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Unlike a computer, which has random access memory that lets you grab the info you want directly, our memory is a tangled mass of connections, all of them linked to each other as if on interconnected chains.
Let's say you want to use your grandma's bread recipe. On a computer, if you want to find your grandma's bread recipe, you find it directly. In your brain, you don't get the recipe directly. You're going to think of your grandma, holidays at her house, how her kitchen smelled when she baked her bread, what she looked like-eventually you'll get to the bread recipe.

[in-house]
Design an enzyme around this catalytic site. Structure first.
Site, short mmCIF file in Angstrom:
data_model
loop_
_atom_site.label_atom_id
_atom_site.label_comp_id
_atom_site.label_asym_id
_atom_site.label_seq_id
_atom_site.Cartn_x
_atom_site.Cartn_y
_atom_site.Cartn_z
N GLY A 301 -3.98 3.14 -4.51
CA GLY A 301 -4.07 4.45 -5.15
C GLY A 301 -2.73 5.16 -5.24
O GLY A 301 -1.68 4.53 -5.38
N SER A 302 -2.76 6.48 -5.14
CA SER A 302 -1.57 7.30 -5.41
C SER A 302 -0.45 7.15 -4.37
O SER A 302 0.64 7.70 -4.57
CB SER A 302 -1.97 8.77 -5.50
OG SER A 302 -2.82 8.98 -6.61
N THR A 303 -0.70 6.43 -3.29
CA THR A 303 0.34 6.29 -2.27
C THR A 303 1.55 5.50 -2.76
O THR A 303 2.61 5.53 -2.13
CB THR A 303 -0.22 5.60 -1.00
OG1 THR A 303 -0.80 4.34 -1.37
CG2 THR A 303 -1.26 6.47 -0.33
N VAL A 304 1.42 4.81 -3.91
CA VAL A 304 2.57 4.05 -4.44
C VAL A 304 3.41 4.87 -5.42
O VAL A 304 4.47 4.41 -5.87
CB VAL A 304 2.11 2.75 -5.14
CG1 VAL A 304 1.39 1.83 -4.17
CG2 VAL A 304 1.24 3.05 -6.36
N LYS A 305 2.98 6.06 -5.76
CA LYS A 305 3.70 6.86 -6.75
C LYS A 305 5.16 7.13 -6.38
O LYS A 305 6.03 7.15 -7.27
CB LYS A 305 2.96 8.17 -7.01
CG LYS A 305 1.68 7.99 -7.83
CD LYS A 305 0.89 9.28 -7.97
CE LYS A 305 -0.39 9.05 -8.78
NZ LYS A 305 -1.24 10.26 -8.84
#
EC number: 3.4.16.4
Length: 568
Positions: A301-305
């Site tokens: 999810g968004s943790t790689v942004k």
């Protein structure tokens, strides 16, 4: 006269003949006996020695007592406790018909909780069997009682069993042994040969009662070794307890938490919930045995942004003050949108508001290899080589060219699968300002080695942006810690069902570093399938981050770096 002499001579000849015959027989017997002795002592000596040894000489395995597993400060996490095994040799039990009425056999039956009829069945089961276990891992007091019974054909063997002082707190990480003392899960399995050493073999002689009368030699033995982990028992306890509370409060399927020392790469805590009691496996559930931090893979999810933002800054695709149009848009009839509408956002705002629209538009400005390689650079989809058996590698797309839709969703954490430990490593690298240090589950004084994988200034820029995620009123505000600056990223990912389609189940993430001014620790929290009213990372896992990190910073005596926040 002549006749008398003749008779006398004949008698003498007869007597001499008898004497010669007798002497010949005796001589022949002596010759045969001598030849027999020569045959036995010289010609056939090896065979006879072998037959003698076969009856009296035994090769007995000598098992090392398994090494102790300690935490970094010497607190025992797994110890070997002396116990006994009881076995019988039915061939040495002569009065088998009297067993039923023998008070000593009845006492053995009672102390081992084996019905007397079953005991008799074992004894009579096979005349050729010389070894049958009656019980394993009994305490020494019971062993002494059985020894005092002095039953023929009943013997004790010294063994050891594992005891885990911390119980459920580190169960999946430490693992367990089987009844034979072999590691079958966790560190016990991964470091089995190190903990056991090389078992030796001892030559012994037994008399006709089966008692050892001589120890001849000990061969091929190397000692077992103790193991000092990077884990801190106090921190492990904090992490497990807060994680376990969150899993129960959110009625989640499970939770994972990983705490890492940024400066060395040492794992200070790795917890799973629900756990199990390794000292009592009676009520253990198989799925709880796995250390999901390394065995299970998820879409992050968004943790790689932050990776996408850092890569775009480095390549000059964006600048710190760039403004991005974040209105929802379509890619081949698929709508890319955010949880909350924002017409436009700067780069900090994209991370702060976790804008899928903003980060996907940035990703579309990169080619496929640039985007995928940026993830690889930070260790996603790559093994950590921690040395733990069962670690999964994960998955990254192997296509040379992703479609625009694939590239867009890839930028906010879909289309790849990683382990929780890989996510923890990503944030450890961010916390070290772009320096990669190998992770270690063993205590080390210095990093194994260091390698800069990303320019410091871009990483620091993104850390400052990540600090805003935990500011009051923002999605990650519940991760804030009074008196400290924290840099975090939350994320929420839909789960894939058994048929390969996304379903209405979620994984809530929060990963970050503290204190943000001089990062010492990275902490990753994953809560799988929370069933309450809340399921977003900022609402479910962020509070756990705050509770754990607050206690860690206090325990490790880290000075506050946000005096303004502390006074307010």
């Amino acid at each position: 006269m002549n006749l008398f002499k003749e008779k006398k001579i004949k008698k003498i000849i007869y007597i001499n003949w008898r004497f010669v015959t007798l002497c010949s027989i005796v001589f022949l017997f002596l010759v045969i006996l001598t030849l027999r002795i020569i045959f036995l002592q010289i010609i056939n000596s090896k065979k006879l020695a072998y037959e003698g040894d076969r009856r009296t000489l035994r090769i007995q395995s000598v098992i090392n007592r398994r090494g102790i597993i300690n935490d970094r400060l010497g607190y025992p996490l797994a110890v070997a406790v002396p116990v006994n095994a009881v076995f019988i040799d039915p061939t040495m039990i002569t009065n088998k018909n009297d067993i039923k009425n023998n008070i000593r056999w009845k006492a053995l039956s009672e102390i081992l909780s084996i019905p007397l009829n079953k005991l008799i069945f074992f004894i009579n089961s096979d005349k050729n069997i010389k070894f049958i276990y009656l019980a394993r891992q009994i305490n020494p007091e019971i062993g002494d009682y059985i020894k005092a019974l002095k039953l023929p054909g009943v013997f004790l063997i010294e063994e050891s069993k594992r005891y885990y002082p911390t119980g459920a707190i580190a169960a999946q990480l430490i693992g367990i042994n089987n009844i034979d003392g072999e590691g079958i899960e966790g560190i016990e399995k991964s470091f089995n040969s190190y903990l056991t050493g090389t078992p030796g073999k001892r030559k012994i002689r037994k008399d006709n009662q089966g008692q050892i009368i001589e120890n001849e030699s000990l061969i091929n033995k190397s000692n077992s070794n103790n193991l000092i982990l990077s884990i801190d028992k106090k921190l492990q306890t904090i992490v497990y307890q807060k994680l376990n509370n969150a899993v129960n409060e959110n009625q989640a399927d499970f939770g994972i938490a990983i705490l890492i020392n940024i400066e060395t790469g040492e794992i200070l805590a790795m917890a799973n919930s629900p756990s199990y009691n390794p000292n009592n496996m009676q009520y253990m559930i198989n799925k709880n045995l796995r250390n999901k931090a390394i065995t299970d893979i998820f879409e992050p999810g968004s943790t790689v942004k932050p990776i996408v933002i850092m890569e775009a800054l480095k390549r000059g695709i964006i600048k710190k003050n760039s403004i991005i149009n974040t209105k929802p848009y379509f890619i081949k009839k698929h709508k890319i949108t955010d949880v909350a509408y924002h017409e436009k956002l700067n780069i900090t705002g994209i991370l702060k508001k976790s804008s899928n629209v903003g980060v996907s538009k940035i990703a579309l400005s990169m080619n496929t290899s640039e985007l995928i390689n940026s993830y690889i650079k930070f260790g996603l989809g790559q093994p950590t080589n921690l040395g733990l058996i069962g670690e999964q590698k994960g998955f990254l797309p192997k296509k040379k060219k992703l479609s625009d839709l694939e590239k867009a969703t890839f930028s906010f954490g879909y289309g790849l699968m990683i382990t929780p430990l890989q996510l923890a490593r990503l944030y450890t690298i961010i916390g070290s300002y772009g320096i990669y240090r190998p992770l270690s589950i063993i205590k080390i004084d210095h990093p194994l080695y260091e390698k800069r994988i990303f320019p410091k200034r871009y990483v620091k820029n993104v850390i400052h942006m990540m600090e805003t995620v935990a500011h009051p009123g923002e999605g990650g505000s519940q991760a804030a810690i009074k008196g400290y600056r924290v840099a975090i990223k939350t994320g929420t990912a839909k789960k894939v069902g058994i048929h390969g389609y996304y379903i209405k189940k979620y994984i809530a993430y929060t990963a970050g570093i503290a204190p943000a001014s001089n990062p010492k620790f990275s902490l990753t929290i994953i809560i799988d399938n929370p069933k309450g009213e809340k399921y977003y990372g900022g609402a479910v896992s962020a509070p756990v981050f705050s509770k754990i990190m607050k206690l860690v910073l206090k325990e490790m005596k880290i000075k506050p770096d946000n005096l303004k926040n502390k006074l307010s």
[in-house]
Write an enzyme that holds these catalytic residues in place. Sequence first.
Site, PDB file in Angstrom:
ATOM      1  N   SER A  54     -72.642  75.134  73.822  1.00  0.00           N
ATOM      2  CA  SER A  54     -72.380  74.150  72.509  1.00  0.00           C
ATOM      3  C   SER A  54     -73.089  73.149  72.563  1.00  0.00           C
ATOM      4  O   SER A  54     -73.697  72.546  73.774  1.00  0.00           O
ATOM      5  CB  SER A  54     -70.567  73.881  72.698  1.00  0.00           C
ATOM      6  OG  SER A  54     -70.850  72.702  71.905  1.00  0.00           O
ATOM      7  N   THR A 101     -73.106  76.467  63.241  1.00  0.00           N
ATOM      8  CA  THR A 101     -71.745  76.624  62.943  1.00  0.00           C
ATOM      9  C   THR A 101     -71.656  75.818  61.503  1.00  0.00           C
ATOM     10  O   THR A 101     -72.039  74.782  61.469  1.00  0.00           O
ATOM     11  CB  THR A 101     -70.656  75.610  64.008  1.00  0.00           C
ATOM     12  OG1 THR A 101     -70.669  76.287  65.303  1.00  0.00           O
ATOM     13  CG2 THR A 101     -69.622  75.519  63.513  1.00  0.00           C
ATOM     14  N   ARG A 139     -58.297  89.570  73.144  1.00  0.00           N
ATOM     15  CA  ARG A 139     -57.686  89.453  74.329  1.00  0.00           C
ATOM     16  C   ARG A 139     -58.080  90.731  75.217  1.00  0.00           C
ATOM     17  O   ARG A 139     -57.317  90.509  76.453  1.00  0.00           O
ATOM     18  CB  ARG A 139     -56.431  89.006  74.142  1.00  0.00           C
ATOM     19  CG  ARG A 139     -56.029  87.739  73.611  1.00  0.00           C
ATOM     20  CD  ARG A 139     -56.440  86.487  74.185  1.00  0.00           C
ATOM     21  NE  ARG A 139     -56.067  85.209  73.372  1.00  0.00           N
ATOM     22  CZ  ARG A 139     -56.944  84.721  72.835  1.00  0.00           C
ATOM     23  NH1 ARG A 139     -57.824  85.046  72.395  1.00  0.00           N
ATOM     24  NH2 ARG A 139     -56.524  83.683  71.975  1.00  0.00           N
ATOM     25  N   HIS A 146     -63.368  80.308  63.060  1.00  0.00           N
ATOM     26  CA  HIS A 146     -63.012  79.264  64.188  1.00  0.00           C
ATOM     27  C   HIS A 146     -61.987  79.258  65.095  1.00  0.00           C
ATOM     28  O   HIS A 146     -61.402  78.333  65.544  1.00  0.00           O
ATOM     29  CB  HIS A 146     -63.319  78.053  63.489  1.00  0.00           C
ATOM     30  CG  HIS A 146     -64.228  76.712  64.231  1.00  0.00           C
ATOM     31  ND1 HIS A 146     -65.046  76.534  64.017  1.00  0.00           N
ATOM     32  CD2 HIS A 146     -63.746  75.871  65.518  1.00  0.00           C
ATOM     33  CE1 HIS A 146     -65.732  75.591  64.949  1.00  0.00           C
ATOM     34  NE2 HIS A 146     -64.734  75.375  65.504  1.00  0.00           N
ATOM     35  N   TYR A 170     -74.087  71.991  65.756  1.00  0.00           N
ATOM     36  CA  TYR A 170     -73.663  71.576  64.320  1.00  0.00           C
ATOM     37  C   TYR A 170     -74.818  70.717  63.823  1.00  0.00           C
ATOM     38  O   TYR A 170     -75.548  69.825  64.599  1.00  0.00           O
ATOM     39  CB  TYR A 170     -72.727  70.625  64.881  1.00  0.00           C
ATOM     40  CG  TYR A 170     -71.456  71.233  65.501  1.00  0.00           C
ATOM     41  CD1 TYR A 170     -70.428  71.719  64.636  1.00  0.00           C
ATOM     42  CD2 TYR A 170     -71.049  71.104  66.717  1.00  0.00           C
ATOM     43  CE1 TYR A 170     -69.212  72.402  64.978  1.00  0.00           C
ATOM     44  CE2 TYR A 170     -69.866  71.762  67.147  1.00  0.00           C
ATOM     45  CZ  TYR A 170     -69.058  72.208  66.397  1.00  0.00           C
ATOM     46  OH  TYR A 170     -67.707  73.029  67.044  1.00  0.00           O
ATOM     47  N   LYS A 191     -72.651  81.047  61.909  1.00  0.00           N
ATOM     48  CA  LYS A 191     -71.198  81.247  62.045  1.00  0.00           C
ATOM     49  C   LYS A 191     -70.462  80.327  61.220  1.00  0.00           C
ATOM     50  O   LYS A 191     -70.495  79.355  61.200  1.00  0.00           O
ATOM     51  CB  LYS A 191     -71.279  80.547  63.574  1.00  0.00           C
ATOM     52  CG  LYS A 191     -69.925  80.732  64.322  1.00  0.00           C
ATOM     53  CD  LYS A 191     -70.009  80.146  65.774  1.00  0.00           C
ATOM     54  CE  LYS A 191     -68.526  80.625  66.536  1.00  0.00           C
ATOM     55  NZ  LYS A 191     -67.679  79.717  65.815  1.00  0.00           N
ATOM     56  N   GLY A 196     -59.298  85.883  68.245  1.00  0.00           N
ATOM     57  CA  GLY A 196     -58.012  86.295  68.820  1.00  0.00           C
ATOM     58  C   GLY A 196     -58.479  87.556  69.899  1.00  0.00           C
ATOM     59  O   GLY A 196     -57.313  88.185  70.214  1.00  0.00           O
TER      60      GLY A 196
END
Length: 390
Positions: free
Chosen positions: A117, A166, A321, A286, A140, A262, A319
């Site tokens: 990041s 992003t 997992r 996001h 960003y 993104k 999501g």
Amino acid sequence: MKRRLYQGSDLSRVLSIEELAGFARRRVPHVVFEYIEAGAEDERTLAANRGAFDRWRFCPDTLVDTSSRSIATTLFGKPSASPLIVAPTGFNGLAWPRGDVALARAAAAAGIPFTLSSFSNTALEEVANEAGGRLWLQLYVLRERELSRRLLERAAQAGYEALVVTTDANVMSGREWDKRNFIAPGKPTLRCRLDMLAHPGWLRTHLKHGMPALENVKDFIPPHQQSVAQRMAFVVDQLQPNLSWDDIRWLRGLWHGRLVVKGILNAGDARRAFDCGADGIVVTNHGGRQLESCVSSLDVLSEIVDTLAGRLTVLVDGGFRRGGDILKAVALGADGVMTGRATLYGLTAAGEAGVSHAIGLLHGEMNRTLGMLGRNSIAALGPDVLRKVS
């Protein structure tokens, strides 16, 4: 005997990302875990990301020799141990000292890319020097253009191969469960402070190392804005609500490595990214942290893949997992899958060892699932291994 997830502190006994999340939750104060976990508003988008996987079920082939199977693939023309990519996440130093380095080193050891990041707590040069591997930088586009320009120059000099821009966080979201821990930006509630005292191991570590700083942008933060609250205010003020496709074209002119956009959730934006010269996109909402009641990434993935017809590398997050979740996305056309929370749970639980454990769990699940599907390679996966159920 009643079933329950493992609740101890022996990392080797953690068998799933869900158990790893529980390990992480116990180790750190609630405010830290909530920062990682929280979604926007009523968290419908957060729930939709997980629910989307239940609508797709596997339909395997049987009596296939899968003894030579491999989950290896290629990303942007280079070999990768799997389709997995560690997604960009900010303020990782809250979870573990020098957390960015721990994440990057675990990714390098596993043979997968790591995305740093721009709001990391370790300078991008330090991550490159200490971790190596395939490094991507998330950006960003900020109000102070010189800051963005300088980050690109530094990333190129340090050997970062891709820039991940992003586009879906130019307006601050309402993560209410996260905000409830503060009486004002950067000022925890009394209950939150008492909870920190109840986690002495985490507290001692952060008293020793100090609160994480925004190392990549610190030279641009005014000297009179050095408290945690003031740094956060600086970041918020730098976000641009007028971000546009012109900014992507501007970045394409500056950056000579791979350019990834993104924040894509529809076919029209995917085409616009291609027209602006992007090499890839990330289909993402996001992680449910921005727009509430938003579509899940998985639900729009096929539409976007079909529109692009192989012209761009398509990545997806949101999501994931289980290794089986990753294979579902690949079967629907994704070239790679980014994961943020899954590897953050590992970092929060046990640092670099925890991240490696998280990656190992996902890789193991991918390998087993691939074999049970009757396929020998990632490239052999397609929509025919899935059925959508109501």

In our minds, we remember by traveling from one linked connection to another until we finally find what we want.
Here's Andi Bell showing host Robert Winston that association works for anyone. At the end, Winston explains how these linked connections work.
As Winston explains in the video, we have trouble digging up a memory if there is only one neural pathway to it. Neural pathways are easily broken (forgotten). When we interlink and create many pathways (grandma's face, the smell of the kitchen, her house, the bread plate), a broken pathway won't slow us down. We'll just hop on another route to get to the memory we need.